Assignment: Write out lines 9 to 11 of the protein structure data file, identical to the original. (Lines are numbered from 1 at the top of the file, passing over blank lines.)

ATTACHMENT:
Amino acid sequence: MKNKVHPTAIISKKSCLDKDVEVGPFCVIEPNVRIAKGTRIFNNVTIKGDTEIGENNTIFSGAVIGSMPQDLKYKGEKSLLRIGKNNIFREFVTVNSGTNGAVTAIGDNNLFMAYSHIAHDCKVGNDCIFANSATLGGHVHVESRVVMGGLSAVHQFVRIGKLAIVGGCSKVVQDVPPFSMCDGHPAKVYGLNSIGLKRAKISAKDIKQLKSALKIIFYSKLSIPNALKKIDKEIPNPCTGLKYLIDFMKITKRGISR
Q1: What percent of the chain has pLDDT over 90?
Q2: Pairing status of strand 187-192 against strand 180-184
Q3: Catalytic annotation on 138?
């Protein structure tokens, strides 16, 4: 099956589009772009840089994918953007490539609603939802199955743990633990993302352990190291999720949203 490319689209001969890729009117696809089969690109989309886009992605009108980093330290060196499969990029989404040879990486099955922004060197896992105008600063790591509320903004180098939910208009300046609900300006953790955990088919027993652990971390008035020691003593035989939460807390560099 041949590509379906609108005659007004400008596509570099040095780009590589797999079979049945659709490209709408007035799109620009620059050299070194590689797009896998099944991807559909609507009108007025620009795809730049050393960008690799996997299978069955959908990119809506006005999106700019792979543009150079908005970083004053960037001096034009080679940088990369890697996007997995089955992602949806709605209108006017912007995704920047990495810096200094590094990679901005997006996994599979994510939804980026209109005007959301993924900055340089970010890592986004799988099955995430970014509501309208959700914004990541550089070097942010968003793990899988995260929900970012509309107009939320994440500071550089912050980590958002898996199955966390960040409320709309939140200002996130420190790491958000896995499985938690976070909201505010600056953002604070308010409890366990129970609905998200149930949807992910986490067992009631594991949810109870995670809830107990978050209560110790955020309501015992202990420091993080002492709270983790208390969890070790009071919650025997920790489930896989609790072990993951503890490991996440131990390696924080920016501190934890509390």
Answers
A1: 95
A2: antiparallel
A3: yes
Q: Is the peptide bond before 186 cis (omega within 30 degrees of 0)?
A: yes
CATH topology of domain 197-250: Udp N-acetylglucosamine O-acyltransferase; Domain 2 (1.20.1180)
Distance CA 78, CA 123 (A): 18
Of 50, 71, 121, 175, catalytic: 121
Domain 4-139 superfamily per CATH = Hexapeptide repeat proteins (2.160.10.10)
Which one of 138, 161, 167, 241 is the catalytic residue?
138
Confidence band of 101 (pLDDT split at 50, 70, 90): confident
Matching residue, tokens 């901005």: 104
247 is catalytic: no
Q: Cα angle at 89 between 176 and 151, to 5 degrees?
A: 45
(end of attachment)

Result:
A3: yes
Q: Is the peptide bond before 186 cis (omega within 30 degrees of 0)?
A: yes